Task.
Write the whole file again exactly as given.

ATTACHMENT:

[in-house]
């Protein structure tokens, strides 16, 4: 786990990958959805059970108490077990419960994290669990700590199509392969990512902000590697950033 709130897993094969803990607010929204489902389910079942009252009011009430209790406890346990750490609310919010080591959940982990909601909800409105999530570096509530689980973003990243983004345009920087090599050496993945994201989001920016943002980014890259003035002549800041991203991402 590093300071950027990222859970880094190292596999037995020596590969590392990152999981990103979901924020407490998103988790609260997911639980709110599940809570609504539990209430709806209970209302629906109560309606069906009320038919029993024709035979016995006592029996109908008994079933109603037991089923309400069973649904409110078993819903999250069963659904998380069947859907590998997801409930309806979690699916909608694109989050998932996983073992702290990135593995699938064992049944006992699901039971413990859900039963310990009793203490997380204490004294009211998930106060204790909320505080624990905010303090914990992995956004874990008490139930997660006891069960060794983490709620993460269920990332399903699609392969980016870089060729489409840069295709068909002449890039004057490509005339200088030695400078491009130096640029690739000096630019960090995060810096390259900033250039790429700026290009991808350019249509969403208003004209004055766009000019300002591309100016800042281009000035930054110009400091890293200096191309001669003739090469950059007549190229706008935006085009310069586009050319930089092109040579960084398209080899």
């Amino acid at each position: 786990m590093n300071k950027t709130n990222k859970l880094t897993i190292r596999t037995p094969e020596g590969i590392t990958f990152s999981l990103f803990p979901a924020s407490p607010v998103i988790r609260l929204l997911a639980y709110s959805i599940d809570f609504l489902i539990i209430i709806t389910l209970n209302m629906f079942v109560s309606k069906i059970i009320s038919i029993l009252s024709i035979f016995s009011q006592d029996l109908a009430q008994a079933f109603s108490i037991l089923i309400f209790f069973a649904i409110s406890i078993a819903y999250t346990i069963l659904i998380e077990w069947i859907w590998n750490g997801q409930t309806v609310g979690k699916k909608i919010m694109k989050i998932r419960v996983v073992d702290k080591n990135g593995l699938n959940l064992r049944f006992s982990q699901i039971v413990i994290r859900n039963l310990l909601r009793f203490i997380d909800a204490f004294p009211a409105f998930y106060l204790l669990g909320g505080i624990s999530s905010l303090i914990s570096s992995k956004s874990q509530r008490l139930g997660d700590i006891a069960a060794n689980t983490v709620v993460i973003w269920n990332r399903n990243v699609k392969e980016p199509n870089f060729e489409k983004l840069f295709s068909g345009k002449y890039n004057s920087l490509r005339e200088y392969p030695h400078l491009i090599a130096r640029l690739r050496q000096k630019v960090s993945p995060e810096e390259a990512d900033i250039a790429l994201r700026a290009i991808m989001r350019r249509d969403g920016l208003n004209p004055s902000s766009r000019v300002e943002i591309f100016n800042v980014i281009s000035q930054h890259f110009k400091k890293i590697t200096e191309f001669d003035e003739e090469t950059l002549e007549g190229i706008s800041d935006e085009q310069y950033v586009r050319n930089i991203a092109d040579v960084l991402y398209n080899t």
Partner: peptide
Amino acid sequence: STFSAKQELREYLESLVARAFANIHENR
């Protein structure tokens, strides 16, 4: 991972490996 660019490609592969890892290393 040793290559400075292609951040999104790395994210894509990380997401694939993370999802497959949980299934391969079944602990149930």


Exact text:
[in-house]
């Protein structure tokens, strides 16, 4: 786990990958959805059970108490077990419960994290669990700590199509392969990512902000590697950033 709130897993094969803990607010929204489902389910079942009252009011009430209790406890346990750490609310919010080591959940982990909601909800409105999530570096509530689980973003990243983004345009920087090599050496993945994201989001920016943002980014890259003035002549800041991203991402 590093300071950027990222859970880094190292596999037995020596590969590392990152999981990103979901924020407490998103988790609260997911639980709110599940809570609504539990209430709806209970209302629906109560309606069906009320038919029993024709035979016995006592029996109908008994079933109603037991089923309400069973649904409110078993819903999250069963659904998380069947859907590998997801409930309806979690699916909608694109989050998932996983073992702290990135593995699938064992049944006992699901039971413990859900039963310990009793203490997380204490004294009211998930106060204790909320505080624990905010303090914990992995956004874990008490139930997660006891069960060794983490709620993460269920990332399903699609392969980016870089060729489409840069295709068909002449890039004057490509005339200088030695400078491009130096640029690739000096630019960090995060810096390259900033250039790429700026290009991808350019249509969403208003004209004055766009000019300002591309100016800042281009000035930054110009400091890293200096191309001669003739090469950059007549190229706008935006085009310069586009050319930089092109040579960084398209080899």
């Amino acid at each position: 786990m590093n300071k950027t709130n990222k859970l880094t897993i190292r596999t037995p094969e020596g590969i590392t990958f990152s999981l990103f803990p979901a924020s407490p607010v998103i988790r609260l929204l997911a639980y709110s959805i599940d809570f609504l489902i539990i209430i709806t389910l209970n209302m629906f079942v109560s309606k069906i059970i009320s038919i029993l009252s024709i035979f016995s009011q006592d029996l109908a009430q008994a079933f109603s108490i037991l089923i309400f209790f069973a649904i409110s406890i078993a819903y999250t346990i069963l659904i998380e077990w069947i859907w590998n750490g997801q409930t309806v609310g979690k699916k909608i919010m694109k989050i998932r419960v996983v073992d702290k080591n990135g593995l699938n959940l064992r049944f006992s982990q699901i039971v413990i994290r859900n039963l310990l909601r009793f203490i997380d909800a204490f004294p009211a409105f998930y106060l204790l669990g909320g505080i624990s999530s905010l303090i914990s570096s992995k956004s874990q509530r008490l139930g997660d700590i006891a069960a060794n689980t983490v709620v993460i973003w269920n990332r399903n990243v699609k392969e980016p199509n870089f060729e489409k983004l840069f295709s068909g345009k002449y890039n004057s920087l490509r005339e200088y392969p030695h400078l491009i090599a130096r640029l690739r050496q000096k630019v960090s993945p995060e810096e390259a990512d900033i250039a790429l994201r700026a290009i991808m989001r350019r249509d969403g920016l208003n004209p004055s902000s766009r000019v300002e943002i591309f100016n800042v980014i281009s000035q930054h890259f110009k400091k890293i590697t200096e191309f001669d003035e003739e090469t950059l002549e007549g190229i706008s800041d935006e085009q310069y950033v586009r050319n930089i991203a092109d040579v960084l991402y398209n080899t």
Partner: peptide
Amino acid sequence: STFSAKQELREYLESLVARAFANIHENR
């Protein structure tokens, strides 16, 4: 991972490996 660019490609592969890892290393 040793290559400075292609951040999104790395994210894509990380997401694939993370999802497959949980299934391969079944602990149930």